Jobs for medical and health service managers are projected to grow 28% from 2022 to 2032, according to the U.S. Bureau of Labor Statistics.

This year, all the students in the fifth cohort of Fordham’s master’s degree in health administration program received a valuable connection to that growing field: student membership in the American College of Healthcare Executives (ACHE)

On Aug. 8, the group co-hosted, along with the National Association of Health Services Executives (NAHSE), the “3rd Annual Better Together: Celebrating Diversity, Equity & Inclusion” event at the Lincoln Center campus. Several members of the cohort were invited to attend.

Shifting from a Clinical to an Administrative Focus

One of them was Su Su Oo, a native of Myanmar who left her home last year to escape political repression and violence engulfing the country.

Oo had graduated from medical school there and worked for four and half years at a hospital before pursuing a postgraduate degree in public health in New Zealand. Before settling in Dyker Heights, Brooklyn, she worked as a field support coordinator for the Myanmar Anti-Narcotics Association.

She soon found herself more interested in the administrative side of health care than the clinical aspects of the field. So she enrolled in Fordham’s program, which is offered through the Graduate School of Arts and Sciences.

“The courses are very comprehensive and cover most everything you would need to understand the health administrative field. I loved learning about things like the social determinants of health and the factors that affect the quality of health care overall,” she said.

“My communication skills and negotiation skills have also improved a lot through the group projects we’ve done.”

Su Su Oo, one of four master’s students who volunteered at a recent National Association of Health Services Executives meeting held at Fordham.

Developing Skills Beyond One’s Comfort Zone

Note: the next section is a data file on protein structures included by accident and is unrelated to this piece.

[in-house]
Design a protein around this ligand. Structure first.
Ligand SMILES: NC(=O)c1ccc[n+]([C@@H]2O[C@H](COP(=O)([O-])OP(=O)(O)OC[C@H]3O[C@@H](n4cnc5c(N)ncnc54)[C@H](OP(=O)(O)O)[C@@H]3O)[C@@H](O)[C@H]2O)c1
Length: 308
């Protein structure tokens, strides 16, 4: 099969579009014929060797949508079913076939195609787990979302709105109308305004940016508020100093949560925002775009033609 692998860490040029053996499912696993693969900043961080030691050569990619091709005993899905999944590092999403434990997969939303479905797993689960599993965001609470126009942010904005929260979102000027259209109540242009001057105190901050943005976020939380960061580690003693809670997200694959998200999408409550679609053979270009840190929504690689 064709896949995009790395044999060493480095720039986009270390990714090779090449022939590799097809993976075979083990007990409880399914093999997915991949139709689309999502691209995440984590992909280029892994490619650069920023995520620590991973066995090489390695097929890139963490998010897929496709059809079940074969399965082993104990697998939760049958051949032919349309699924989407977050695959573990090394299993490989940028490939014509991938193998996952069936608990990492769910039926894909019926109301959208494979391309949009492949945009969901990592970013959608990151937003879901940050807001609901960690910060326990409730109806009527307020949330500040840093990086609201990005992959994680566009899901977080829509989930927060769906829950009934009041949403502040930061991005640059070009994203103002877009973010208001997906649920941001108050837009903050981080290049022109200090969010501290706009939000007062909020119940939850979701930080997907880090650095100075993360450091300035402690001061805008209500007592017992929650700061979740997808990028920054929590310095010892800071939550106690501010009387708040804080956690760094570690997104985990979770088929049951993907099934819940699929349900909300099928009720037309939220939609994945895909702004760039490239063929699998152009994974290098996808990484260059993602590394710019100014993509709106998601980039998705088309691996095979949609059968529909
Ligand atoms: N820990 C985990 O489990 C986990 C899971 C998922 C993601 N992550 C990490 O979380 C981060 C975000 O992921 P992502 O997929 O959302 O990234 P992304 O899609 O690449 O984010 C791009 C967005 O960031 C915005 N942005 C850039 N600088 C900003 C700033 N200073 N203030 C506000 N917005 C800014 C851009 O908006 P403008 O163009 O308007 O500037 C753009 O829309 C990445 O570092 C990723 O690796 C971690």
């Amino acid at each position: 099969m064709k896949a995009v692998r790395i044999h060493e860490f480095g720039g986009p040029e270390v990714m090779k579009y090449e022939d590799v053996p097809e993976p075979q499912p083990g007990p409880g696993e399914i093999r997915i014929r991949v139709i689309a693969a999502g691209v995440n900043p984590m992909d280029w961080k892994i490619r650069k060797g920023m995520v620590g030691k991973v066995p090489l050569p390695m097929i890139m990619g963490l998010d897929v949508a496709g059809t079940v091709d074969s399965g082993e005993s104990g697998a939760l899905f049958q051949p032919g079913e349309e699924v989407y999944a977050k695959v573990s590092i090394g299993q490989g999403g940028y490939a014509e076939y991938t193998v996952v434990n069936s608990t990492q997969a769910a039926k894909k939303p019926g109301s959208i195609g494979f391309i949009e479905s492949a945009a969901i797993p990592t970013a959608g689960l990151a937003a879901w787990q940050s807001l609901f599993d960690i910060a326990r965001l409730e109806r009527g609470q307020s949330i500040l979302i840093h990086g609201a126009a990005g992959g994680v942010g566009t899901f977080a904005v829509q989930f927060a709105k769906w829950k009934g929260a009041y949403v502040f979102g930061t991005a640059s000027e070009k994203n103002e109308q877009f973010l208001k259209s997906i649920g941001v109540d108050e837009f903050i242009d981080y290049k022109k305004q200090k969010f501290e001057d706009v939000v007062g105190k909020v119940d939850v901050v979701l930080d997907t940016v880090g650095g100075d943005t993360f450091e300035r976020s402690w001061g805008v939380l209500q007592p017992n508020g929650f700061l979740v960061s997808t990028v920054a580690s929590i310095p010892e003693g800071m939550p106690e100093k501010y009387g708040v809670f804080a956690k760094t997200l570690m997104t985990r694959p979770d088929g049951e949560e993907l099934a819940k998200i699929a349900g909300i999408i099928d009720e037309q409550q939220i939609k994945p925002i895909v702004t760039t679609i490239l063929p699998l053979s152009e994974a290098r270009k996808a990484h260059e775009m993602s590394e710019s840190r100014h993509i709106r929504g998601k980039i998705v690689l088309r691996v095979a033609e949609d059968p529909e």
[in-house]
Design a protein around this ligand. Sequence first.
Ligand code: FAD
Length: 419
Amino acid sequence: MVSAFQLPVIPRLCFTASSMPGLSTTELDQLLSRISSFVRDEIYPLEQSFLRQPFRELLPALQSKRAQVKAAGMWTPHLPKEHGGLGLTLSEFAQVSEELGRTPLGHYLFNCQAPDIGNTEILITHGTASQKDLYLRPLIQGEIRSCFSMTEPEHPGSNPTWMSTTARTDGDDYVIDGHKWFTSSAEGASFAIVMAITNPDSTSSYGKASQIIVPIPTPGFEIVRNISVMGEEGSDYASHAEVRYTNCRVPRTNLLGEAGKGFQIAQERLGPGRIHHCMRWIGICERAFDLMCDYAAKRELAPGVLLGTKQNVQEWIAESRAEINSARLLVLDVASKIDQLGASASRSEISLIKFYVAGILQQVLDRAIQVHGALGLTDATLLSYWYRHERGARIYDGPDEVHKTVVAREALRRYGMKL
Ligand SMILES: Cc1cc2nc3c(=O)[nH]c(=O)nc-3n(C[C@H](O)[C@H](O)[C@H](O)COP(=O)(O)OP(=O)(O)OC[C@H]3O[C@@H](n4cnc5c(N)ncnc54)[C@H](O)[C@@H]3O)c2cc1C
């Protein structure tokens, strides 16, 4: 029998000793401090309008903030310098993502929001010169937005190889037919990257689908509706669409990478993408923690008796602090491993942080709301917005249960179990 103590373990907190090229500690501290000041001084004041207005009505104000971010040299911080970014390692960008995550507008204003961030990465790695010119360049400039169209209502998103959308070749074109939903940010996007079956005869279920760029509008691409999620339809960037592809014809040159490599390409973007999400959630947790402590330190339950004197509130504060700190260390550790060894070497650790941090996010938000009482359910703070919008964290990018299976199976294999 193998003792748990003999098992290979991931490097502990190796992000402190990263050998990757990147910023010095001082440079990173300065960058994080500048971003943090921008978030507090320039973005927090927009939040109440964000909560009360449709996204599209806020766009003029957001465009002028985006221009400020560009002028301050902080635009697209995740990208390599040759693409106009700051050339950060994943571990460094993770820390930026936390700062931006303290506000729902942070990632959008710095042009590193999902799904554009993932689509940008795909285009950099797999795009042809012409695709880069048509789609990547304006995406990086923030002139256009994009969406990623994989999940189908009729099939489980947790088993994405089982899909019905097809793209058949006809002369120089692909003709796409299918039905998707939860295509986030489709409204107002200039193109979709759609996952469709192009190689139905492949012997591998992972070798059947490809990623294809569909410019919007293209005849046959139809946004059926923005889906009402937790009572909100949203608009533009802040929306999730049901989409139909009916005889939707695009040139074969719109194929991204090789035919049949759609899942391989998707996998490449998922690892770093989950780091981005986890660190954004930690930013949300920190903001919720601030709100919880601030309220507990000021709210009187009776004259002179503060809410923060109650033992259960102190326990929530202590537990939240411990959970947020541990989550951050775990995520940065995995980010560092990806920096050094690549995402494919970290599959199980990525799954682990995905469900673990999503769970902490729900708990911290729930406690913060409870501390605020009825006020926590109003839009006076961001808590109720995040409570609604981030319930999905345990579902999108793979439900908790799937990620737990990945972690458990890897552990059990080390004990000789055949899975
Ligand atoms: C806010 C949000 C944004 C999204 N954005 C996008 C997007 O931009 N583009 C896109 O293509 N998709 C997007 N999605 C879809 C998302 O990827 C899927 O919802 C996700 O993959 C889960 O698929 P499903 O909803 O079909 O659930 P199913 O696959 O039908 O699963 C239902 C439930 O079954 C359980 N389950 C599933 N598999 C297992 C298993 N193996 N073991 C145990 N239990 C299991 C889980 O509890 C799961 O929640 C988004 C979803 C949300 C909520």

Jasmine Morales, a native of Co-op City in the Bronx who currently works as a radiology billing associate at Memorial Sloan Kettering Cancer Center, earned a certified nurse assistant (CNA) license when she was in high school. Nursing was not ultimately in the cards for her, but Morales stuck with the field.

“In my mind, I said, ‘Even if I can’t be a nurse, I can still help people in other ways, as long as I’m still in health care,” she said.

Her capstone project, on opioid addiction in the Bronx, opened her eyes to the reality of the healthcare system disparities in the United States.

“Going through this program, you see the whole spectrum of health care. The disparities are not just in New York either; it’s global,” she said.

She also feels more confident speaking in public now, having successfully presented her capstone findings to her class. It wasn’t easy, though; at the time, she said she was on the verge of tears.

“I had to learn and keep going moving forward, and part of that is getting you out of your comfort zone,” she said.

“As a leader, at some point in your career, you’re gonna have to talk in front of an audience.”

Preparing Graduates for Current and Future Challenges

Caroline Pogge, Dr.P.H., director of the program, said the goal is to develop leaders who will be prepared to manage both current issues in health care as well as future ones, such as the COVID-19 pandemic and the continuous reverberations of the Affordable Care Act (known as Obamacare).

Past graduates of the program, which draws on experts from the Gabelli School of Business, the Graduate School of Social Service, the School of Law, and the Graduate School of Arts and Sciences. have included a medical review officer at Con Edison and a care coordinator at the Memorial Sloan Kettering Cancer Center.

“We want students to be able to say, ‘Hey, I’ve got a situation; I know how to dig into a problem regardless of what that problem is,’” she said.


Patrick Verel is a news producer for Fordham Now. He can be reached at [email protected] or (212) 636-7790.